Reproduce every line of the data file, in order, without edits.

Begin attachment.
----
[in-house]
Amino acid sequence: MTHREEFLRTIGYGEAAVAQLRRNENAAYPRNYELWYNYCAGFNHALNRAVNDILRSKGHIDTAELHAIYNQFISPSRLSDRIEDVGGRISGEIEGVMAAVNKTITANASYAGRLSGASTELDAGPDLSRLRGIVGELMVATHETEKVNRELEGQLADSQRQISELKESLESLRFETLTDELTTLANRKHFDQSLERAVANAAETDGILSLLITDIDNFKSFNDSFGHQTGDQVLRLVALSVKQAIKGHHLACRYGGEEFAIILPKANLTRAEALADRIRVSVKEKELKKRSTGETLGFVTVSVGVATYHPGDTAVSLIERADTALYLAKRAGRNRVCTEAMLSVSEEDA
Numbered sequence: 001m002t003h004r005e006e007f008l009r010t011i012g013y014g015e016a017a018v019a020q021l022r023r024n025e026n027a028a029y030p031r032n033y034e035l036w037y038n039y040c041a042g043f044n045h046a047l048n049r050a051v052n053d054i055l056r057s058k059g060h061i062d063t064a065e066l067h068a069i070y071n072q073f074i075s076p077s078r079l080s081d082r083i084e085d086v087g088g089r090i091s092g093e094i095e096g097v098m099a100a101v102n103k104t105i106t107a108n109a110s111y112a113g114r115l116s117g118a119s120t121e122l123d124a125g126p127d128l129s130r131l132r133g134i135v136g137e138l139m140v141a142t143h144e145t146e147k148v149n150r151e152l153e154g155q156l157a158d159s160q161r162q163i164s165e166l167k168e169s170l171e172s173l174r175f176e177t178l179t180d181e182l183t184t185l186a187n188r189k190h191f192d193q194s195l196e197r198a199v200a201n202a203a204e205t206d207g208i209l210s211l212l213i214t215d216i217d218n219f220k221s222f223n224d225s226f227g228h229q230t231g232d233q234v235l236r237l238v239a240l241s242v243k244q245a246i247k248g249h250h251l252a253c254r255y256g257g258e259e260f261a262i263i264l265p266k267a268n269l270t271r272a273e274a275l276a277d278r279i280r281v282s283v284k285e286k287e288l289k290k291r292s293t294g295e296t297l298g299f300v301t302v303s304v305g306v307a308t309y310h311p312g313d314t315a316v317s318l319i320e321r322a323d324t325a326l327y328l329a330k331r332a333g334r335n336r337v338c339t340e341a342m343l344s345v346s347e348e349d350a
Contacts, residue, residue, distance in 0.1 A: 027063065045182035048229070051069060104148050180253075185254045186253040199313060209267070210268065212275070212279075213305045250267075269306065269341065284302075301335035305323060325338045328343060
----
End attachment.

[in-house]
Amino acid sequence: MTHREEFLRTIGYGEAAVAQLRRNENAAYPRNYELWYNYCAGFNHALNRAVNDILRSKGHIDTAELHAIYNQFISPSRLSDRIEDVGGRISGEIEGVMAAVNKTITANASYAGRLSGASTELDAGPDLSRLRGIVGELMVATHETEKVNRELEGQLADSQRQISELKESLESLRFETLTDELTTLANRKHFDQSLERAVANAAETDGILSLLITDIDNFKSFNDSFGHQTGDQVLRLVALSVKQAIKGHHLACRYGGEEFAIILPKANLTRAEALADRIRVSVKEKELKKRSTGETLGFVTVSVGVATYHPGDTAVSLIERADTALYLAKRAGRNRVCTEAMLSVSEEDA
Numbered sequence: 001m002t003h004r005e006e007f008l009r010t011i012g013y014g015e016a017a018v019a020q021l022r023r024n025e026n027a028a029y030p031r032n033y034e035l036w037y038n039y040c041a042g043f044n045h046a047l048n049r050a051v052n053d054i055l056r057s058k059g060h061i062d063t064a065e066l067h068a069i070y071n072q073f074i075s076p077s078r079l080s081d082r083i084e085d086v087g088g089r090i091s092g093e094i095e096g097v098m099a100a101v102n103k104t105i106t107a108n109a110s111y112a113g114r115l116s117g118a119s120t121e122l123d124a125g126p127d128l129s130r131l132r133g134i135v136g137e138l139m140v141a142t143h144e145t146e147k148v149n150r151e152l153e154g155q156l157a158d159s160q161r162q163i164s165e166l167k168e169s170l171e172s173l174r175f176e177t178l179t180d181e182l183t184t185l186a187n188r189k190h191f192d193q194s195l196e197r198a199v200a201n202a203a204e205t206d207g208i209l210s211l212l213i214t215d216i217d218n219f220k221s222f223n224d225s226f227g228h229q230t231g232d233q234v235l236r237l238v239a240l241s242v243k244q245a246i247k248g249h250h251l252a253c254r255y256g257g258e259e260f261a262i263i264l265p266k267a268n269l270t271r272a273e274a275l276a277d278r279i280r281v282s283v284k285e286k287e288l289k290k291r292s293t294g295e296t297l298g299f300v301t302v303s304v305g306v307a308t309y310h311p312g313d314t315a316v317s318l319i320e321r322a323d324t325a326l327y328l329a330k331r332a333g334r335n336r337v338c339t340e341a342m343l344s345v346s347e348e349d350a
Contacts, residue, residue, distance in 0.1 A: 027063065045182035048229070051069060104148050180253075185254045186253040199313060209267070210268065212275070212279075213305045250267075269306065269341065284302075301335035305323060325338045328343060